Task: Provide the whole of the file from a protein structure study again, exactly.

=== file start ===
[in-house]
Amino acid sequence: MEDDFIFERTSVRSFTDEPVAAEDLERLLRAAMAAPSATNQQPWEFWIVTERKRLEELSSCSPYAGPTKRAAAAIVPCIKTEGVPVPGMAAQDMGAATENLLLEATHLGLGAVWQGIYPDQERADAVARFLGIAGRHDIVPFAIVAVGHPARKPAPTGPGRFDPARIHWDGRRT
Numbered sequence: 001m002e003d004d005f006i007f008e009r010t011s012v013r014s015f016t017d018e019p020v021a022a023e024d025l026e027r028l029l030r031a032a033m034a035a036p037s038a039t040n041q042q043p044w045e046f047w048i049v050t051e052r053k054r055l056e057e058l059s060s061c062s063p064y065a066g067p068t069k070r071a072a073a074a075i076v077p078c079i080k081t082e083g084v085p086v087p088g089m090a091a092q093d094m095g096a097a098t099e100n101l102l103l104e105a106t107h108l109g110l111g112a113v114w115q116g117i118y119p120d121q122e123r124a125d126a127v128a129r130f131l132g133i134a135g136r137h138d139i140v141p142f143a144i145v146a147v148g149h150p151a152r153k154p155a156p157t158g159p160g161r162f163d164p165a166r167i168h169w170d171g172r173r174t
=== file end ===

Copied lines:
[in-house]
Amino acid sequence: MEDDFIFERTSVRSFTDEPVAAEDLERLLRAAMAAPSATNQQPWEFWIVTERKRLEELSSCSPYAGPTKRAAAAIVPCIKTEGVPVPGMAAQDMGAATENLLLEATHLGLGAVWQGIYPDQERADAVARFLGIAGRHDIVPFAIVAVGHPARKPAPTGPGRFDPARIHWDGRRT
Numbered sequence: 001m002e003d004d005f006i007f008e009r010t011s012v013r014s015f016t017d018e019p020v021a022a023e024d025l026e027r028l029l030r031a032a033m034a035a036p037s038a039t040n041q042q043p044w045e046f047w048i049v050t051e052r053k054r055l056e057e058l059s060s061c062s063p064y065a066g067p068t069k070r071a072a073a074a075i076v077p078c079i080k081t082e083g084v085p086v087p088g089m090a091a092q093d094m095g096a097a098t099e100n101l102l103l104e105a106t107h108l109g110l111g112a113v114w115q116g117i118y119p120d121q122e123r124a125d126a127v128a129r130f131l132g133i134a135g136r137h138d139i140v141p142f143a144i145v146a147v148g149h150p151a152r153k154p155a156p157t158g159p160g161r162f163d164p165a166r167i168h169w170d171g172r173r174t